Boris Johnson's government abandons attempts to stop Brexit delay bill in British parliament

Johnson said he is opposed to extension and that he is prepared to take Britain out of EU without a deal if necessary

Reuters September 05, 2019 15:21:17 IST
Boris Johnson's government abandons attempts to stop Brexit delay bill in British parliament
  • Boris Johnson’s government abandoned attempts in upper house of parliament to block law aimed at stopping country from leaving EU without a deal

  • Johnson said he is opposed to extension and that he is prepared to take Britain out of EU without a deal if necessary

  • The government in upper house, known as House of Lords, announced it was dropping its opposition to the legislation

London: British prime minister Boris Johnson’s government abandoned attempts in the upper house of parliament to block a law aimed at stopping the country from leaving the European Union without a deal.

Boris Johnsons government abandons attempts to stop Brexit delay bill in British parliament

File image of Boris Johnson speaks in Parliament in London. Reuters

The move paved the way for Johnson being required to ask the EU for a three-month extension to the Brexit deadline, if he fails to reach a renegotiated transition deal with the bloc by the middle of October.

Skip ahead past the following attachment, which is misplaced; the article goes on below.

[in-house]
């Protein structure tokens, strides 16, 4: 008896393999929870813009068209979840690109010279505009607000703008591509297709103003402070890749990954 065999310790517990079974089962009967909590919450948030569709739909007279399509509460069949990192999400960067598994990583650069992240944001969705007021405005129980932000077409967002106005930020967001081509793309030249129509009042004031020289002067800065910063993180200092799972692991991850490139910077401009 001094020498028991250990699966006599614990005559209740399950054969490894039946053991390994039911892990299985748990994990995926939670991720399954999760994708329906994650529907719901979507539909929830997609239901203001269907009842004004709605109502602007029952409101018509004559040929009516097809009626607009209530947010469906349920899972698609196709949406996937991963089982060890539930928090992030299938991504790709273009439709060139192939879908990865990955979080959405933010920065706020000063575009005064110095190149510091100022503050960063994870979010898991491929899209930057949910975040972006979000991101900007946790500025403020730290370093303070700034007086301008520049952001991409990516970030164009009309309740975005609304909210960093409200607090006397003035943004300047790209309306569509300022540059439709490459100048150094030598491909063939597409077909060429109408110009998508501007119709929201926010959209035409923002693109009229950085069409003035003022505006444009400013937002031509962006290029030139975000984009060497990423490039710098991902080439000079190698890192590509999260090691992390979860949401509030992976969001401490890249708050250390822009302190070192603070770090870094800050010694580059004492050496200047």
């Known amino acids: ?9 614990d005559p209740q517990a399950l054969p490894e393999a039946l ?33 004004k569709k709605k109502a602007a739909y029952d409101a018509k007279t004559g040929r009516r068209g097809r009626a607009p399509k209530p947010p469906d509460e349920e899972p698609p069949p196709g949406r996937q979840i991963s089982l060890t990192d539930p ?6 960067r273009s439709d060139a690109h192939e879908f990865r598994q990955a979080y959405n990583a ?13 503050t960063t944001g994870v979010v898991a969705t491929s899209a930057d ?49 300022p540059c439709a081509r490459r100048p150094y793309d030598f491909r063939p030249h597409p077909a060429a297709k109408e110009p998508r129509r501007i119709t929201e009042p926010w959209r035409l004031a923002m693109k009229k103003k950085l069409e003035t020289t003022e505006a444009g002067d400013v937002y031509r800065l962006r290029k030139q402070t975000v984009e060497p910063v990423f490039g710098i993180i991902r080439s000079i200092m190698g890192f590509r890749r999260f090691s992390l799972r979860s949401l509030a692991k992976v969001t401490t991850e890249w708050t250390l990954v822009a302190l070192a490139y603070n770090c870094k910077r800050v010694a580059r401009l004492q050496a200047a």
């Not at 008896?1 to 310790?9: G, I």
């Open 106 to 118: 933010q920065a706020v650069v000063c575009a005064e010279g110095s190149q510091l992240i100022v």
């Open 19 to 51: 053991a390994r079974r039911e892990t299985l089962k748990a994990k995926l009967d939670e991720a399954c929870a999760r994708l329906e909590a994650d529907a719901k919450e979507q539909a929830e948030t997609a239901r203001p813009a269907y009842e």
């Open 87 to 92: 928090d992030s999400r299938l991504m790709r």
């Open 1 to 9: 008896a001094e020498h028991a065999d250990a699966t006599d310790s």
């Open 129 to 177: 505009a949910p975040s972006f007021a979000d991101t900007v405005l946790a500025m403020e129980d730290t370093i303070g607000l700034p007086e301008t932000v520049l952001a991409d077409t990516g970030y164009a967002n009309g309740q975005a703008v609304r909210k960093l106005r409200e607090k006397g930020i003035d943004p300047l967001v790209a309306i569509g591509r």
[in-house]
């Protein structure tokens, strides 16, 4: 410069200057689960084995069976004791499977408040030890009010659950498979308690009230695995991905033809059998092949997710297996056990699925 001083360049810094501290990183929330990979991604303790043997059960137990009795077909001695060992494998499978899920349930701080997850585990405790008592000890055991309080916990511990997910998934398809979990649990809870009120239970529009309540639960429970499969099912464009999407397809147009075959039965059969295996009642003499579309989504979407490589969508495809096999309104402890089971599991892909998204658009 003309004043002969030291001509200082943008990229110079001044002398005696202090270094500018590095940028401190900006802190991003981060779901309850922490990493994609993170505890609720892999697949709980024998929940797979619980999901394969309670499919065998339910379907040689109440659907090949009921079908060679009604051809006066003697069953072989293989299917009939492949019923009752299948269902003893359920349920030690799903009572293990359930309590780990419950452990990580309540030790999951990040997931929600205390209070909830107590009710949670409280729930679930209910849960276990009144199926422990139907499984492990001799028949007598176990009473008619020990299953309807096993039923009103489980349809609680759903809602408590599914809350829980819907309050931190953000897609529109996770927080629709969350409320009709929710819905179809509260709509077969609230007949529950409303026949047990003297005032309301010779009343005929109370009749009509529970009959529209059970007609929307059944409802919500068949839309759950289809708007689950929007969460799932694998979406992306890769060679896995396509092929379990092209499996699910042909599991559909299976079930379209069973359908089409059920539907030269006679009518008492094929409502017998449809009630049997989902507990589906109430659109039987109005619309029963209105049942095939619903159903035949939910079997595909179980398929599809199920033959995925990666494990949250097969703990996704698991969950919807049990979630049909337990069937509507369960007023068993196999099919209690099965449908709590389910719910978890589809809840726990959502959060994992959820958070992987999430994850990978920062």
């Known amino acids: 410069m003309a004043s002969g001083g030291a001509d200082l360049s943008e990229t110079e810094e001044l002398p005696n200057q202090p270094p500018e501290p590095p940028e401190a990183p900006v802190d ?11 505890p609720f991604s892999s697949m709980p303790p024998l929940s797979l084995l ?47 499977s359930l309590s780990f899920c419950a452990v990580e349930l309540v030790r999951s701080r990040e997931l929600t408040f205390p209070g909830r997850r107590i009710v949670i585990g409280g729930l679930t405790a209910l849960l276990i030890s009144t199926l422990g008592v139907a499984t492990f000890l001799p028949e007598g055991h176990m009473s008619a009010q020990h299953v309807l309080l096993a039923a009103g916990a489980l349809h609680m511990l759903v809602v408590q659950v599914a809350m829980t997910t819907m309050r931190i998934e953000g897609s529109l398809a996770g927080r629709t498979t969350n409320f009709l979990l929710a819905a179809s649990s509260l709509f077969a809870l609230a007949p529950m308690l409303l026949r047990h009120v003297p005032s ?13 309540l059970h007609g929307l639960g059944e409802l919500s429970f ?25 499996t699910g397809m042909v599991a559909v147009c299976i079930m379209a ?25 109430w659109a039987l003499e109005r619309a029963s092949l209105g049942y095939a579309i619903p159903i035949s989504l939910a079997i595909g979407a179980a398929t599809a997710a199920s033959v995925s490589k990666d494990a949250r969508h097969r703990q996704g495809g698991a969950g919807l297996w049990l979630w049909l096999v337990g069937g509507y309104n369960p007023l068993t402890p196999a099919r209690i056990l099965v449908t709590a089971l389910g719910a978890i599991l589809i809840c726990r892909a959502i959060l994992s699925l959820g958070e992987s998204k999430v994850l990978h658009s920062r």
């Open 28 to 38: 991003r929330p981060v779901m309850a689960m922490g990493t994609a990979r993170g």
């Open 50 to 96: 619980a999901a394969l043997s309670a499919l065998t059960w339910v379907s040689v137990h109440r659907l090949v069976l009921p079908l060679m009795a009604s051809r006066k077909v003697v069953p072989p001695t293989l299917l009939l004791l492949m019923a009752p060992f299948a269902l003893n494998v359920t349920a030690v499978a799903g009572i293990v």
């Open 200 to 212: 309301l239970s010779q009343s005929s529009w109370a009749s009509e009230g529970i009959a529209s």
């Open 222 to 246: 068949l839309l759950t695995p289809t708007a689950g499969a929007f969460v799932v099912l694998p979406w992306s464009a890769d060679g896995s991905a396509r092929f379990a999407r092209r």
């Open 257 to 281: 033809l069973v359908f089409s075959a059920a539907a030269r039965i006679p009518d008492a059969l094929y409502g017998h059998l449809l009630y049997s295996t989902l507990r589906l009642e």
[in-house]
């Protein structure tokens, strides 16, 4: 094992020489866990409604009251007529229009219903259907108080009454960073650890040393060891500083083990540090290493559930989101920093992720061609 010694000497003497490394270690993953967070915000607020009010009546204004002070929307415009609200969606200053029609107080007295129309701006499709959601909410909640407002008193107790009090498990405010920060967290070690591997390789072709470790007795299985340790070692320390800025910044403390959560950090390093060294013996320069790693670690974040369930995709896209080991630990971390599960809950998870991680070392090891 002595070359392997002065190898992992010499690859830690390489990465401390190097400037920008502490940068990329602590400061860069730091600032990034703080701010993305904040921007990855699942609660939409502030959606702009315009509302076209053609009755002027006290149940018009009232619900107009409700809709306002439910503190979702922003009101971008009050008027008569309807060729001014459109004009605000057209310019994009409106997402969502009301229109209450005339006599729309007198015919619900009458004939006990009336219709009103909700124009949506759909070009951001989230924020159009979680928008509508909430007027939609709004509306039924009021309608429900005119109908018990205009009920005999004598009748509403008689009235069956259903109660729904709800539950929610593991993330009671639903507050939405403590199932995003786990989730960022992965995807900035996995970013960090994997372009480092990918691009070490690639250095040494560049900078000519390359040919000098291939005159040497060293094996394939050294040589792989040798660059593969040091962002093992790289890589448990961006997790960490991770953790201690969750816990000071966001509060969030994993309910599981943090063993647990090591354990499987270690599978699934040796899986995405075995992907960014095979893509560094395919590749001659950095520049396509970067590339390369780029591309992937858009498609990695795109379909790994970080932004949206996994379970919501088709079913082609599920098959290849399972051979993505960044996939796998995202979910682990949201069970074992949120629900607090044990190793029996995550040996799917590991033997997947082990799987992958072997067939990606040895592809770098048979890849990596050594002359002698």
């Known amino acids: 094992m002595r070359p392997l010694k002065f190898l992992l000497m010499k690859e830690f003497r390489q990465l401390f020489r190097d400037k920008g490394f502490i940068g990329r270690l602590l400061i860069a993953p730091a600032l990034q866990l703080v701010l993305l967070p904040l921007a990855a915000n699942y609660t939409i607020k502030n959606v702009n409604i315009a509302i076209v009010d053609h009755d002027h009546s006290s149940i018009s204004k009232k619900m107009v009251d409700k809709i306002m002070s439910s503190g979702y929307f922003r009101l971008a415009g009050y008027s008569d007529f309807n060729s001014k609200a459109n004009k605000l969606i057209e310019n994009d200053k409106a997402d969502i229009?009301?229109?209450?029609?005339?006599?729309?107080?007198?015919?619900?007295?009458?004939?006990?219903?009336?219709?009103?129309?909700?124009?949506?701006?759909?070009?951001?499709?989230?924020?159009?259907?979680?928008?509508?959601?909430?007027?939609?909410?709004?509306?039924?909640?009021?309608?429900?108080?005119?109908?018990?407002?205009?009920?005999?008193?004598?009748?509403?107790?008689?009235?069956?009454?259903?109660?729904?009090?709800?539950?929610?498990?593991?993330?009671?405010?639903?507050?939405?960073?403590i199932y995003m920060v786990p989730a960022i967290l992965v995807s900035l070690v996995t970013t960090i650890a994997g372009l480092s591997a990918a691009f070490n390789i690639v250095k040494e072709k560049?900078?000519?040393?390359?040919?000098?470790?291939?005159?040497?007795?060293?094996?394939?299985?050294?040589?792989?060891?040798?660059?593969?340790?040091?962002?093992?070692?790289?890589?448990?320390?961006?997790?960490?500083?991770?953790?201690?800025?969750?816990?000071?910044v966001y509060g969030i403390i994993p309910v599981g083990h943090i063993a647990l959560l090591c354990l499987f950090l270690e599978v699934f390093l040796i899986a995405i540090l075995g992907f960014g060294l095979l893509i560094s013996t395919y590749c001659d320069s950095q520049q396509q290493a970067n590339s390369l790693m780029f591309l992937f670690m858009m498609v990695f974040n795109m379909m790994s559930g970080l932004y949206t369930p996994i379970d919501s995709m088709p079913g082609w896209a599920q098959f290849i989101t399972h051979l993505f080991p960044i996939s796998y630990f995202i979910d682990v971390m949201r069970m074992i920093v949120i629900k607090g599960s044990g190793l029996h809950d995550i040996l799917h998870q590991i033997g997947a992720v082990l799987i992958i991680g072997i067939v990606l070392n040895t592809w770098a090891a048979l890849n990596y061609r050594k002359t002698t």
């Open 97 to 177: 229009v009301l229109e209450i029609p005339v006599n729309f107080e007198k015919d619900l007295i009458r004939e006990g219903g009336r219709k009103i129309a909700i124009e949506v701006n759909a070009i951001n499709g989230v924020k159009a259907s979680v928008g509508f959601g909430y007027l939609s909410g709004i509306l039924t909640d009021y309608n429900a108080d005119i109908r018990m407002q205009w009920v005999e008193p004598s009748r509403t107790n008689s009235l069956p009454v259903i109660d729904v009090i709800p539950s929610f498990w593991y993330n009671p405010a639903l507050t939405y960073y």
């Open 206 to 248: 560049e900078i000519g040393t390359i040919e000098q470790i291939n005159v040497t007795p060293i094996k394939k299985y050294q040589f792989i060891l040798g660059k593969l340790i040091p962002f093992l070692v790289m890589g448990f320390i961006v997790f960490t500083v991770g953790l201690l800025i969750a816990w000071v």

Johnson has said he is opposed to an extension and that he is prepared to take Britain out of the EU without a deal if necessary. Conservative Party members of the upper house of parliament had tabled a series of amendments in an attempt to run down the clock on the delay bill and prevent it being passed before parliament is suspended on Monday.

But in the early hours of Thursday, the government in the upper house, known as the House of Lords, announced it was dropping its opposition to the legislation. Richard Newby, an opposition member of the Lords, who had taken his duvet to parliament in preparation to spend the night discussing the law, said the government dropped its opposition after suffering heavy defeats on some of the proposed amendments.

“There was a realisation by those on the other side that this was more than usually stupid, and they were looking stupid, and we needed to find a way forward,” he told BBC Radio.

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